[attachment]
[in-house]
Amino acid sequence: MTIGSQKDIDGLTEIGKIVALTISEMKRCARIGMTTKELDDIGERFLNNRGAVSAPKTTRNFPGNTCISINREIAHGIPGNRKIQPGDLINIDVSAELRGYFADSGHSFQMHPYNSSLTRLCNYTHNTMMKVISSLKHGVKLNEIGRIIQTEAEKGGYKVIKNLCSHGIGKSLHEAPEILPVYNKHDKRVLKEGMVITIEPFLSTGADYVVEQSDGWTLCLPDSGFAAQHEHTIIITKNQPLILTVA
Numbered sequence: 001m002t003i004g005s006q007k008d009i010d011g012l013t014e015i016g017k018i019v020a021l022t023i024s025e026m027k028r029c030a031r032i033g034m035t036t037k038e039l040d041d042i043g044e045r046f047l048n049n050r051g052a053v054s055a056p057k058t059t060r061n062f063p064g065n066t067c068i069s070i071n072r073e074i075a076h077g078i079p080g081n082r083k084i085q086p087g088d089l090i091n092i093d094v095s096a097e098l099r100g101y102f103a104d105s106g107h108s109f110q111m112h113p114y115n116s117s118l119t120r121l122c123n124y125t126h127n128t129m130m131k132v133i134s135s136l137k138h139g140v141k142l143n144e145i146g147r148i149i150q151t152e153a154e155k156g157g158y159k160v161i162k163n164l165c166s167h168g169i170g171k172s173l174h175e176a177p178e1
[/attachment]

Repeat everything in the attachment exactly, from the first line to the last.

[in-house]
Amino acid sequence: MTIGSQKDIDGLTEIGKIVALTISEMKRCARIGMTTKELDDIGERFLNNRGAVSAPKTTRNFPGNTCISINREIAHGIPGNRKIQPGDLINIDVSAELRGYFADSGHSFQMHPYNSSLTRLCNYTHNTMMKVISSLKHGVKLNEIGRIIQTEAEKGGYKVIKNLCSHGIGKSLHEAPEILPVYNKHDKRVLKEGMVITIEPFLSTGADYVVEQSDGWTLCLPDSGFAAQHEHTIIITKNQPLILTVA
Numbered sequence: 001m002t003i004g005s006q007k008d009i010d011g012l013t014e015i016g017k018i019v020a021l022t023i024s025e026m027k028r029c030a031r032i033g034m035t036t037k038e039l040d041d042i043g044e045r046f047l048n049n050r051g052a053v054s055a056p057k058t059t060r061n062f063p064g065n066t067c068i069s070i071n072r073e074i075a076h077g078i079p080g081n082r083k084i085q086p087g088d089l090i091n092i093d094v095s096a097e098l099r100g101y102f103a104d105s106g107h108s109f110q111m112h113p114y115n116s117s118l119t120r121l122c123n124y125t126h127n128t129m130m131k132v133i134s135s136l137k138h139g140v141k142l143n144e145i146g147r148i149i150q151t152e153a154e155k156g157g158y159k160v161i162k163n164l165c166s167h168g169i170g171k172s173l174h175e176a177p178e1